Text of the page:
Patrick Bracher (ZA)

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Extinctive prescription: When is a debt due?

The Constitutional Court reaffirmed that a debt becomes due when it is immediately claimable or recoverable. Where the purchase price was not receivable under the Alienation of Land Act 1981 until the contract was recorded at the Deeds Office, prescription did not start to run until the recording of the contract took place. It is … Continue reading

Bad subcontractor work not an ‘accident’ – Ohio USA

Ohio’s high court has held that damage from a subcontractor’s faulty work is not fortuitous in the context of a commercial general liability policy which covered an ‘occurrence’ meaning an ‘accident, including continuous or repeated exposure to substantially the same general harmful conditions’ causing property damage including physical injury to or destruction of tangible property. … Continue reading

Cyber breach claim fails under GLP because information not ‘published’ (US)

A Florida court held that the insurer had no duty to defend a hotel operator’s information technology subsidiary against allegations that it was responsible for a hacking incident that exposed hotel customers’ credit card data because, under the general liability policy, there was no ‘making known to any person or organisation covered material that violates … Continue reading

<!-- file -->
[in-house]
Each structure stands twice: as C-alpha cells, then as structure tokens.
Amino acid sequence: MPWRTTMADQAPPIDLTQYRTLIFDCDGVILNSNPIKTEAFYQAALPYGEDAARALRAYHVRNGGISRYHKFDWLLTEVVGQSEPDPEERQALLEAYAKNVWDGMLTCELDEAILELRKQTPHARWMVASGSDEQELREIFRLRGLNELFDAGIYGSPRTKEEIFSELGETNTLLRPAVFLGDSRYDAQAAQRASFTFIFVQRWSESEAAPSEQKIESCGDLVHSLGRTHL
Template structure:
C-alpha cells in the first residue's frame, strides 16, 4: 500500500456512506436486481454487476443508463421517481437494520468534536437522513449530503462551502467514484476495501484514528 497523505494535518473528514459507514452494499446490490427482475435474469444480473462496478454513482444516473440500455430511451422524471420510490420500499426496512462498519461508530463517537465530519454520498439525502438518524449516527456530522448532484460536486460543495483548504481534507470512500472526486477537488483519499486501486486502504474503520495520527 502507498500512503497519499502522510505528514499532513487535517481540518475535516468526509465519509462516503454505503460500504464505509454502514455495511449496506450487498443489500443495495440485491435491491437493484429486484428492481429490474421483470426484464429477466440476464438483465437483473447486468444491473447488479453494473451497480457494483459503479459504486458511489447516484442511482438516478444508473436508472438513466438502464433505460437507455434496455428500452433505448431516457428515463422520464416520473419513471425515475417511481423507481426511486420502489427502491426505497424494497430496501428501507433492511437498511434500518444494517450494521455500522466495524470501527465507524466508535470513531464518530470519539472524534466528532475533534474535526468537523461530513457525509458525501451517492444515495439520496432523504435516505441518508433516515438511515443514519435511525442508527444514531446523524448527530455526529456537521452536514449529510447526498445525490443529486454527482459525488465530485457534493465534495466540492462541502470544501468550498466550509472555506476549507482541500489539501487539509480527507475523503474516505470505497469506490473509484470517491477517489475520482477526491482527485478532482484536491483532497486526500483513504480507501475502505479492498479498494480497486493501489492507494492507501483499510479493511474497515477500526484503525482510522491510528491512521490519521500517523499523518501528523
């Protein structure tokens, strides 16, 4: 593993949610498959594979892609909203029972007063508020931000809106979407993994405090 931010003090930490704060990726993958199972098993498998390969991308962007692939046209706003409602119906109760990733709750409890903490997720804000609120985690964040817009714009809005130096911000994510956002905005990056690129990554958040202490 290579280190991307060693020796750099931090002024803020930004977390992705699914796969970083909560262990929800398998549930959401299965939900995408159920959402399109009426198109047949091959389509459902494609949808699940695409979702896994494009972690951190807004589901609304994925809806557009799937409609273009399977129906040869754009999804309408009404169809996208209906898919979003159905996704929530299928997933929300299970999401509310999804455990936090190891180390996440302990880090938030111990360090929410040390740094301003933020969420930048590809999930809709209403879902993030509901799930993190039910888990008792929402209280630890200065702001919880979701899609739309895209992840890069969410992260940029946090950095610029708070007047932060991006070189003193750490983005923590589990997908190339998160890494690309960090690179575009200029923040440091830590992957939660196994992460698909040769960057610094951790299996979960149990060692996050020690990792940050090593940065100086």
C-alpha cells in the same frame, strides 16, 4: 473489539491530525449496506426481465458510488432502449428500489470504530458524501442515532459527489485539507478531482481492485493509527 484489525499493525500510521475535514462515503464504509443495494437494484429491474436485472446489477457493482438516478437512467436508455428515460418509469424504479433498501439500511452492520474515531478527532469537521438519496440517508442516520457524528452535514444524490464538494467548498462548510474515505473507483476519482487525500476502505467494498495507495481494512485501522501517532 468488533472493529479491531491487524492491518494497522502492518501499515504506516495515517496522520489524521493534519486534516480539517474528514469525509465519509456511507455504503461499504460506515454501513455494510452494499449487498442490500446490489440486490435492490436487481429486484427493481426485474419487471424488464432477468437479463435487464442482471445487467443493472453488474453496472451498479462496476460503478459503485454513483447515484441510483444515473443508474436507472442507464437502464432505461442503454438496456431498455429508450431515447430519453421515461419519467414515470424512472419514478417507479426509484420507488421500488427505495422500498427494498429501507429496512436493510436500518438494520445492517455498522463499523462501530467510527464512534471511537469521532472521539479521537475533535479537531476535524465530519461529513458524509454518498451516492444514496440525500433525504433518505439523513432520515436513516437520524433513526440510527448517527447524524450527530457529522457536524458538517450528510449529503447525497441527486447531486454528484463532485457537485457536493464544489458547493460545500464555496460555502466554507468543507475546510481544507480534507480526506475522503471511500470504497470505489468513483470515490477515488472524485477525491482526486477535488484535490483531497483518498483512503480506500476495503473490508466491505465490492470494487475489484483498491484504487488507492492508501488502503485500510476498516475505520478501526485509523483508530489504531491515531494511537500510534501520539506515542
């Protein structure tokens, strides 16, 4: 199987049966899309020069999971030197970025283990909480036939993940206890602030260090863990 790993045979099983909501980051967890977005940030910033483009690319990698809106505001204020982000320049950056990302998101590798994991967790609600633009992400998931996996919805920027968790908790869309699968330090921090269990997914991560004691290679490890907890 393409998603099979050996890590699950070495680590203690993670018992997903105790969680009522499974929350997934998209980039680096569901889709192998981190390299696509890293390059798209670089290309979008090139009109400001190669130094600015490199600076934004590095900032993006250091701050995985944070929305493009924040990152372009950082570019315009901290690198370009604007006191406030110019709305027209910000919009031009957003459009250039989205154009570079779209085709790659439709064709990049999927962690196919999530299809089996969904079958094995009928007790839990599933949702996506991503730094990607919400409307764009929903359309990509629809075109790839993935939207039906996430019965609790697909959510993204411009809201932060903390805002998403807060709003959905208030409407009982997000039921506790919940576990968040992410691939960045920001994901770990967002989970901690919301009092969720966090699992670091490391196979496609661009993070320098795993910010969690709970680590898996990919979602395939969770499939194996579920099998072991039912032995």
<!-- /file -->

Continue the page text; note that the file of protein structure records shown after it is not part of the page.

Damages for denying gender-confirming medical care (US)

A jury in Wisconsin awarded damages to two transgender women who were denied gender-confirming medical care by a state health plan. The state’s health insurance excluded procedures, services and supplies ‘related to surgery and sex hormones associated with gender reassignment’. The court found that the exclusion is unconstitutional because it ‘entrenches the belief that transgender … Continue reading

Administrative law: Legal status of departmental Directive

The Department of Home Affairs issued an Immigration Directive which required departmental functionaries to refuse all applications for temporary or permanent residence visas made by the holder of an asylum seeker permit. The court found that the directive was treated as binding by the departmental officials tasked to implement it and it was therefore open … Continue reading

PI policy cannot be ceded to third party

The professional indemnity policy issued by the Attorneys Insurance Indemnity Fund is incapable of cession to a third party. A purported cession to the client of a law firm who had lost misappropriated trust funds was declared invalid by the Supreme Court of Appeal. Contracts can be ceded to third parties if there is no … Continue reading

Private equity firm not liable for investing in competing company (US)

A Delaware court dismissed a claim that a private equity firm and its affiliated funds had misappropriated trade secrets acquired from a portfolio company via their directors on the board of the company and misused the information by investing in a competitor. The court found that no reasonable inference of misappropriation could be drawn because … Continue reading